Meanwhile, smaller publishers and developers who might not be as supportive of such practices (the people I politely refer to as “people with common sense”) could flock to the more consumer friendly options. This would also include the indie game market, which in general seems to have already fled Microsoft in favor of the PC world. The PlayStation 4 seems to be trying to appeal to the indie market as well, so that would also be a potential nice landing pad for them.

Therefore, on the side of embracing the always-online Xbox future we’d have the EAs & Activisions of the world, while on the other side we have… well, most of the other people who aren’t actively trying to ruin the industry. Obviously opinions differ on whether or not you consider EA/Activision/Capcom/etc the “bane of gaming”, but I’m just running on the “common belief” standard with this. Hopefully, you can see where I’m starting to go with this. Assuming the malignant tumors of the industry go all-in on the consumer-inconvenient console (which seems like a logical marriage) then what happens if the Nextbox doesn’t exactly set the world on fire sales wise, or what if consumers simply reject the system?


At least the next console war will be shorter, right?

There are a large amount of hardships that a system like this potential Nextbox would face especially up against more consumer-friendly options. For one, consumers might flat out not want to own a system that comes with an internet-required option as well as the hidden cost of the $60 required for Xbox Live. If the no-used-game rumor ends up being true, that could make the system even harder to sell to consumers given how many people seem to take advantage of the used game market. Obviously there will be some people who buy the system regardless of its downsides (just like there are still people who pay money to watch Resident Evil movies), but there’s still a lot of educated consumers you’d need to sell this game to.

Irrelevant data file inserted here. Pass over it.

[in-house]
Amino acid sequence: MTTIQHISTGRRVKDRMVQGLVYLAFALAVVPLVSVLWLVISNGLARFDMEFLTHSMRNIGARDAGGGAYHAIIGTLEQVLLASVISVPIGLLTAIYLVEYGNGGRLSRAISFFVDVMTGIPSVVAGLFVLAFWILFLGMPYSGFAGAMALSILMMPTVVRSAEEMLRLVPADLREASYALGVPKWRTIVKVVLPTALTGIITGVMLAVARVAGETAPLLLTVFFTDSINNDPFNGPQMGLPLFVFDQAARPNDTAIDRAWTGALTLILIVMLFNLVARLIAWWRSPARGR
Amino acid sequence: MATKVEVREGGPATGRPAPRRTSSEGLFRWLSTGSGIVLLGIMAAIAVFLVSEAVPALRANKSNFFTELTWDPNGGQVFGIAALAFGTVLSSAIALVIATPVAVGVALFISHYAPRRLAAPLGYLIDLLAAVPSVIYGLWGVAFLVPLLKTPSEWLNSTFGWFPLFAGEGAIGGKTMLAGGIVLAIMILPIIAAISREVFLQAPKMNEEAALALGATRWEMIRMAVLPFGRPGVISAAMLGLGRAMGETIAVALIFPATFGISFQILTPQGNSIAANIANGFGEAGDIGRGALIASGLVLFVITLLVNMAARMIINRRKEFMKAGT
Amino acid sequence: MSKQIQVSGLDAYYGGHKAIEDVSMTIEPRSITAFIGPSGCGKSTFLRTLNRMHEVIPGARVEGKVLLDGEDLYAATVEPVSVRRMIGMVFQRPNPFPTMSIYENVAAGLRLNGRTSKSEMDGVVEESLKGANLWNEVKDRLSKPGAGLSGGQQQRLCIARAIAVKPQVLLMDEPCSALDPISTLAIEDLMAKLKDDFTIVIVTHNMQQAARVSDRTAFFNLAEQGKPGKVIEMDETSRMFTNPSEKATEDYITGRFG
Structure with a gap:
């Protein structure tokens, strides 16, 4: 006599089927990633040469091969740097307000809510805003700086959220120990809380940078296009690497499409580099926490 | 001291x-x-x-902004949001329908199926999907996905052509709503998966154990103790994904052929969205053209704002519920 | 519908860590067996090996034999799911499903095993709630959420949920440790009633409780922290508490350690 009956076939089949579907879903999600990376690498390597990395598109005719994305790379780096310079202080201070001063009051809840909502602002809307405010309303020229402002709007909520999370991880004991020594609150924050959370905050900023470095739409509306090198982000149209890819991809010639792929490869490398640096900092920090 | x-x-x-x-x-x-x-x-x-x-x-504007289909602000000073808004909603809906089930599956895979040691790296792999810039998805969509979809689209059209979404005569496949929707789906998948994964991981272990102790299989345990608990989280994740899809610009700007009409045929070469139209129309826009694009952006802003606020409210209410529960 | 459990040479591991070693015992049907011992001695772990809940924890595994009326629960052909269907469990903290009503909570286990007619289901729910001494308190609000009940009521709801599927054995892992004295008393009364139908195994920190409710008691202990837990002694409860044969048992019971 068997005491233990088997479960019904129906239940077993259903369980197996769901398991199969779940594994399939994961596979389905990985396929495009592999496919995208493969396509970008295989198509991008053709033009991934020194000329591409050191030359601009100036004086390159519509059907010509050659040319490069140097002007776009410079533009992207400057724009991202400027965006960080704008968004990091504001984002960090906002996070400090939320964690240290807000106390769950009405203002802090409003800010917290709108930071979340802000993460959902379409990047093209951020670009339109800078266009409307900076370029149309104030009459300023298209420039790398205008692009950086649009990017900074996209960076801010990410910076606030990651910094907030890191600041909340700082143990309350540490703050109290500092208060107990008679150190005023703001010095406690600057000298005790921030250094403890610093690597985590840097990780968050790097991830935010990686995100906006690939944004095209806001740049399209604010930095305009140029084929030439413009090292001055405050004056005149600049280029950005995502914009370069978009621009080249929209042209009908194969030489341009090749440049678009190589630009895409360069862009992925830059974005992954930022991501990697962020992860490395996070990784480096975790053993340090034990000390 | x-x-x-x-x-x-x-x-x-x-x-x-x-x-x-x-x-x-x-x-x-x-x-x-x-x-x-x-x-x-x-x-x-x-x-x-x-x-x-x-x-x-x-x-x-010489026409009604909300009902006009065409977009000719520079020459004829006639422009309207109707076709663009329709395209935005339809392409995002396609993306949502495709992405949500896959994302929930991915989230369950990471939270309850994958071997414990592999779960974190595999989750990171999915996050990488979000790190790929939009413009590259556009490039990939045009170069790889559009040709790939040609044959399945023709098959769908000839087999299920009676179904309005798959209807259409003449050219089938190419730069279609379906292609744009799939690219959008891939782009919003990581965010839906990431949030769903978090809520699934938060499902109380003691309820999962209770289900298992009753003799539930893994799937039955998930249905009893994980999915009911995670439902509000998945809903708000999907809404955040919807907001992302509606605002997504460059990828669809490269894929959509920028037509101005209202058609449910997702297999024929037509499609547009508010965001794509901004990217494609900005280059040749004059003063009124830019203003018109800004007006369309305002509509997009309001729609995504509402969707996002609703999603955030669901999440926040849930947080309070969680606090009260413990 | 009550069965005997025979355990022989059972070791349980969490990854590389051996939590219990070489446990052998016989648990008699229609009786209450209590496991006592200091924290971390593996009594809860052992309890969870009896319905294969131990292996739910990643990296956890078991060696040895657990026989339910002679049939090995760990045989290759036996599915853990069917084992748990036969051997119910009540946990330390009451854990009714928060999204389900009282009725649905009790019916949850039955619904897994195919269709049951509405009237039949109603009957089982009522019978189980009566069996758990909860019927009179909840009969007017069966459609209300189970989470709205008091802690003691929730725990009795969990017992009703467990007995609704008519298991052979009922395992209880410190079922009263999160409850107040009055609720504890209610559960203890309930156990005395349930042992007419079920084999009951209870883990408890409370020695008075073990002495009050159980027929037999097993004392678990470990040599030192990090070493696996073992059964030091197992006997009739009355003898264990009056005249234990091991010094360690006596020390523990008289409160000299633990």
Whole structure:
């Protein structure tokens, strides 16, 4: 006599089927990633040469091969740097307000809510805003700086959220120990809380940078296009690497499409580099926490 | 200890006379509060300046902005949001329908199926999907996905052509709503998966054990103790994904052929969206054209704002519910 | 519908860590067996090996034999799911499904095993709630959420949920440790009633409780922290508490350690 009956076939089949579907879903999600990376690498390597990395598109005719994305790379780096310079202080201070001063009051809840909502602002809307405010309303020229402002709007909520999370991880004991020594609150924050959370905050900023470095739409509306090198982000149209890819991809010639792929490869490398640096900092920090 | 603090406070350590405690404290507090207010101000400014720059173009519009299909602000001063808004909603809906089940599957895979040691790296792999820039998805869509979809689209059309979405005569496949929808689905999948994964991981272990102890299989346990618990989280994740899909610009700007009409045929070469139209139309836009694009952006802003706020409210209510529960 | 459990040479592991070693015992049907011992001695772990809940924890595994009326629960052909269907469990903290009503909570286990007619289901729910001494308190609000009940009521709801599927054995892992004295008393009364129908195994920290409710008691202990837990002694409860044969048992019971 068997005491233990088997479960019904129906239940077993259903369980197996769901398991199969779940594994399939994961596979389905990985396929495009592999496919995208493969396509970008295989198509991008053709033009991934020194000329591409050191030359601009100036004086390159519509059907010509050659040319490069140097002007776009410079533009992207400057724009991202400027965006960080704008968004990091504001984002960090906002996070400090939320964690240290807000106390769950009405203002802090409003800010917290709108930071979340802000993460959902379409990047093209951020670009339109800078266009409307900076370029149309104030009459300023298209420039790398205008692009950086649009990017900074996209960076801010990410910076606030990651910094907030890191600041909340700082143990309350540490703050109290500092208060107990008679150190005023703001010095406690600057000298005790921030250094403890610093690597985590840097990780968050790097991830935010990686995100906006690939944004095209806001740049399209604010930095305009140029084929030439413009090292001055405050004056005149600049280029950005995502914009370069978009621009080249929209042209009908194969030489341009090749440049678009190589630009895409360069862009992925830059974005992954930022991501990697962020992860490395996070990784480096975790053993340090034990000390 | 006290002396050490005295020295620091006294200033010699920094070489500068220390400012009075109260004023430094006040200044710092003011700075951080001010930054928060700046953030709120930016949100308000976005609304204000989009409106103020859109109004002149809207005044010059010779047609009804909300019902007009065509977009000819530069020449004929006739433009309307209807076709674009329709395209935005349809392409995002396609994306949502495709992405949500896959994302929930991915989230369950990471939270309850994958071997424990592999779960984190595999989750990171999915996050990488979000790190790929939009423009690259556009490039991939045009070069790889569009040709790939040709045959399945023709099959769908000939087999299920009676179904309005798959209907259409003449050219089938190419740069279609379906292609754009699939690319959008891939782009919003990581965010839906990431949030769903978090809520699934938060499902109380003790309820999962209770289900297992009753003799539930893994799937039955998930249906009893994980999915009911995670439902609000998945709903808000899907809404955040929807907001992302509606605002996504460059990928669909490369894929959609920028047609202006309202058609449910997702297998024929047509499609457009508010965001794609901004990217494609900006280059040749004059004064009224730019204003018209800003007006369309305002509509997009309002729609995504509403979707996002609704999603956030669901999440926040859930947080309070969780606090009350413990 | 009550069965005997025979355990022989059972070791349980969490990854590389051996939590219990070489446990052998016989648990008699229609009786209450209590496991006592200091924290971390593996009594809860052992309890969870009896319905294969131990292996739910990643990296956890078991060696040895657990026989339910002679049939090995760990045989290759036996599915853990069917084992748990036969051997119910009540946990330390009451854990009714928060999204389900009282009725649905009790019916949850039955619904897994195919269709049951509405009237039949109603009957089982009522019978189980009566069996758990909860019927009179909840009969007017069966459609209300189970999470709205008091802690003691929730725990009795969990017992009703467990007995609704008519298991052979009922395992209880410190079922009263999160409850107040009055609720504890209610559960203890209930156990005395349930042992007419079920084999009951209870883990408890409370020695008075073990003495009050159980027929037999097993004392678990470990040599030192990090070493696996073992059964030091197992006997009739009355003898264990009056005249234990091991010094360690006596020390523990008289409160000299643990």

An Xbox that doesn’t play used games would also face hardships from retailers who may refuse to stock the system, or at least do what they can to discourage consumers from purchasing it. Stores that benefit from reselling used games (the Gamestops and Best Buys of the world) I doubt would be thrilled at the idea of selling a system that has the potential to cannibalize the store's own income. Remember the PSPGo? That was essentially a non-used game system, look at how well that went.

If you want to look at the class half full, there can definitely be positives to be found from an always-online Xbox. Just look at the things I listed above, if the entities that are contributing to the downfall of the industry embrace a system that itself might fall flat on its face when it hits store shelves then we could essentially destroy multiple birds with one very mighty stone. Obviously I don’t like the idea of people losing their jobs because of a system flopping or the industry crashing, but to be honest something like this needs to happen. The long prophesized second crash of the gaming industry is more or less inevitable, but optimistically we could witness the crash in one clean and organized ball of fire.


I wasn't always online, but f*ck used games right! Wait... why wont you sell me!?

At the very least an always-online / anti-used-game console could be looked at as a great opportunity for gamers to put their foot down and take a stand against bullshit of this nature. Gamers can stomach varying degrees of crap from the industry, whether it be things like online passes or DLC, but a system like the rumored Nextbox is something that has both immediate high costs as well as long term costs, and these are things I can’t imagine that even the average gamer is willing to tolerate.

Voting with your wallet does work. If the rumored Nextbox does become a reality and you want no part of it, then take your money elsewhere. The implementation of such an obviously consumer-inconvenient system and its subsequent rejection would be something that would most likely alter the future of the video game industry, as the big companies would then know there are limits to what they can attempt. I know a lot of gamers don’t even want to see this rumored system become a reality, however sometimes things need to get worse before they can get better.